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Detroit auto show features power -- despite green car revolution

 

For Vice President Joe Biden, it was a victory lap of sorts. His visit Thursday to the North American International Auto Show in Detroit was a chance to bask in the bailout of Chrysler and GM.

Last year was a great one for both companies - even more so for Ford, which took no bailout money.

That fact prompted an extraordinary quip from the Vice President as he toured the show with Ford Executive Chairman Bill Ford, Jr. "Thank you for saving our ass," Biden told Ford.

All three domestic auto makers pulled profits in 2013, with 15.6 million vehicles sold last year in the U.S. - up 7.6 percent from 2012. Biden told the NAIAS crowd, "The American auto industry isn't just back like Detroit is going to come back, but America is back in part because you are."

But there are a few speed bumps on Biden’s victory lap. Manufacturers this year, both domestic and foreign, are mostly showcasing, to rave reviews,a century old technology - piston engines and high horsepower. From pick-ups to SUVs to racy imports, power is back in vogue.

Perhaps no car epitomizes that as much as GM's new top-of-the-line offering, the new Corvette Z0-6, which has 560 horsepower.

"The green car revolution has, in essence, not happened," says Dan Kish, Senior Vice President for The Institute for Energy Research. "As the numbers from last year’s sales show, the things that people are buying are trucks and SUVs, that means people want size, they want comfort, they want power."

Kish points out that Ford sold 763,000 F-series trucks last year but only 35,000 hybrid C-max vehicles.

In recent years, two major battery makers for hybrid and electric cars, Ener1 and A123 systems, went bankrupt, as did electric car maker Fisker and electric charging station installer, Ecotality. All were heavily subsidized by the Obama administration.

Mike Mandel of the Progressive Policy Institute,a proponent of green energy, says he wants to see more bankruptcies like that, because it's a sign of a government pushing the boundaries of energy research and development.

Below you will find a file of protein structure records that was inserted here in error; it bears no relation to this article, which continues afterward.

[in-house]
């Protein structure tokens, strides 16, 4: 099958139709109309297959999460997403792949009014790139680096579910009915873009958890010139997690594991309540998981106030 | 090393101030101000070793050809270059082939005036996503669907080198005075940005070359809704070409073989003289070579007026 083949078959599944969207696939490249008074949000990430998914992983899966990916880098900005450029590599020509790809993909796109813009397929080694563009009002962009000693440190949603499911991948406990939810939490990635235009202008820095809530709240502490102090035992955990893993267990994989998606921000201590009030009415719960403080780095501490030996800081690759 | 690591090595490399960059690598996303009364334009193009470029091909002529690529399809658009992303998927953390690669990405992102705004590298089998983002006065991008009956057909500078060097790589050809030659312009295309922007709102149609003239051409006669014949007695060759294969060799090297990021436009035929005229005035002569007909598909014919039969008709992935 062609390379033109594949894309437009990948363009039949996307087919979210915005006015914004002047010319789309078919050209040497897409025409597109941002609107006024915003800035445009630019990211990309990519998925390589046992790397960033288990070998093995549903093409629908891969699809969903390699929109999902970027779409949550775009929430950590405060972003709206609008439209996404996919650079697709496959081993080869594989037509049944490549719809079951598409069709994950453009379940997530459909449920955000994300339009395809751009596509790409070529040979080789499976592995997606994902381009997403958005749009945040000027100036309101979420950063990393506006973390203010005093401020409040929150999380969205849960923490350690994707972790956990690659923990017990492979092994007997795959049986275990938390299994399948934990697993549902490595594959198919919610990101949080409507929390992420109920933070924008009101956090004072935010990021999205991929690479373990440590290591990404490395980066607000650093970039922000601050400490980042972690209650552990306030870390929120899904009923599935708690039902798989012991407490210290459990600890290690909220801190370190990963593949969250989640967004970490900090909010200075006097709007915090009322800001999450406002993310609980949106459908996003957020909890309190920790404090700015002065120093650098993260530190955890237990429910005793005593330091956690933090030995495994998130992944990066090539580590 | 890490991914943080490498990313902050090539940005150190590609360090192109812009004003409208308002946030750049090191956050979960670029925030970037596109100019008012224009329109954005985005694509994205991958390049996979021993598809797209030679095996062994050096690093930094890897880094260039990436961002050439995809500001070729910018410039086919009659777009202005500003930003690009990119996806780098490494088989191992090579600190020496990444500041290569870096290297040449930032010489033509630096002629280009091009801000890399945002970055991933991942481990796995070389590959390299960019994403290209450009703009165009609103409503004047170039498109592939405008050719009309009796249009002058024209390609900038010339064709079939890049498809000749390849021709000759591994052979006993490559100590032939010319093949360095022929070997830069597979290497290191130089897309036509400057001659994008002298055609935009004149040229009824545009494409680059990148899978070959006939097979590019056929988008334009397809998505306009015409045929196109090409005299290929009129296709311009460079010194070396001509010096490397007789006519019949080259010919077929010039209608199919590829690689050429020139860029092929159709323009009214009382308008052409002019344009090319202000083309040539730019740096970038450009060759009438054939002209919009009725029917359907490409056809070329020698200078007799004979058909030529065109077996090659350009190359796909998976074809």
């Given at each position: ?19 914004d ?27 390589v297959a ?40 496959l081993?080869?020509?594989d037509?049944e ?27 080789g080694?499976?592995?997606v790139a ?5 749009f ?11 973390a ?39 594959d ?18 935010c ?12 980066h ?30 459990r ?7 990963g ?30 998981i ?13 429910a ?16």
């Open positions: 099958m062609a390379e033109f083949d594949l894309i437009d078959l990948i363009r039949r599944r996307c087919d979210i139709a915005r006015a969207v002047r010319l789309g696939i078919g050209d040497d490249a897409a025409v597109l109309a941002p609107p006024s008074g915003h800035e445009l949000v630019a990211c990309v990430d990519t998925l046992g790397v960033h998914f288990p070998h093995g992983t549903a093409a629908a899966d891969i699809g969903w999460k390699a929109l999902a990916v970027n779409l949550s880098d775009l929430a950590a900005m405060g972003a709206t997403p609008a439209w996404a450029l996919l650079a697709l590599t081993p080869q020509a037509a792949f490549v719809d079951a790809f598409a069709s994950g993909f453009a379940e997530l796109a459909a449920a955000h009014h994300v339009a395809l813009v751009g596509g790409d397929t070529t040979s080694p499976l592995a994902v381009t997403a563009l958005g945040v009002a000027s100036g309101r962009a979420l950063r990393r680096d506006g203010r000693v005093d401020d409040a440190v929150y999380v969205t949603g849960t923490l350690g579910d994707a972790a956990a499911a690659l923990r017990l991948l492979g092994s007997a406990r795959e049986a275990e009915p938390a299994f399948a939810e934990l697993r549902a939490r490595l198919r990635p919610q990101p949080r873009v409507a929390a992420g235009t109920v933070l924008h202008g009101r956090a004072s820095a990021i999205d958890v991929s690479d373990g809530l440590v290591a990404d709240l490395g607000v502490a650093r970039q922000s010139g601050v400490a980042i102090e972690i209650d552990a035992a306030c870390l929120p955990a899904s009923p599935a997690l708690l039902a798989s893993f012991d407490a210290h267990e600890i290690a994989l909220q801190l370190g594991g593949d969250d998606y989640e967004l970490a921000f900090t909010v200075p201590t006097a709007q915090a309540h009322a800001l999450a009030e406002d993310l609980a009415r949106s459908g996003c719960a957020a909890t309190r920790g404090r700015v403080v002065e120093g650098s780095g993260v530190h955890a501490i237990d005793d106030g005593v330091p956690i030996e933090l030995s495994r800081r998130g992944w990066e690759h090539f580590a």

"This is why I would love to see both liberals and conservatives supporting a broad range of investment in new energy technologies both applied and basic, so that whatever happens, we're ready," he said.

Mandel's phrase, "... whatever happens," is a reference to climate change. Increasing skepticism about it, and a different energy revolution- in oil and gas extraction - has helped keep Americans' love affair with muscle cars alive and gasoline prices mostly stable.

That is not to say that this year’s new generation of cars has not benefited from green technology and the quest for increased mileage and less carbon pollution. For the first time, Ford's mainstay, the F-150 pick-up truck, has shed hundreds of pounds through the widespread use of high-strength aluminum instead of steel, a change that other manufacturers are also employing.

BMW features a new technology that automatically shuts the engine off, as the car stops at a red light or comes to rest, and re-starts it when the accelerator is pushed again.

Biden, a '67 Corvette owner himself, who laments that the Secret Service no longer allows him to tool around in his beloved 'Vette, Thursday marveled at a feature in the new Corvette.

At the flip of a button, the driver can de-activate four of the eight cylinders to achieve almost 30 miles per gallon, a quantum leap forward from the high performance gas guzzler of an earlier generation.

 

Doug McKelway joined Fox News Channel (FNC) in November 2010 and serves as a Washington-based correspondent.

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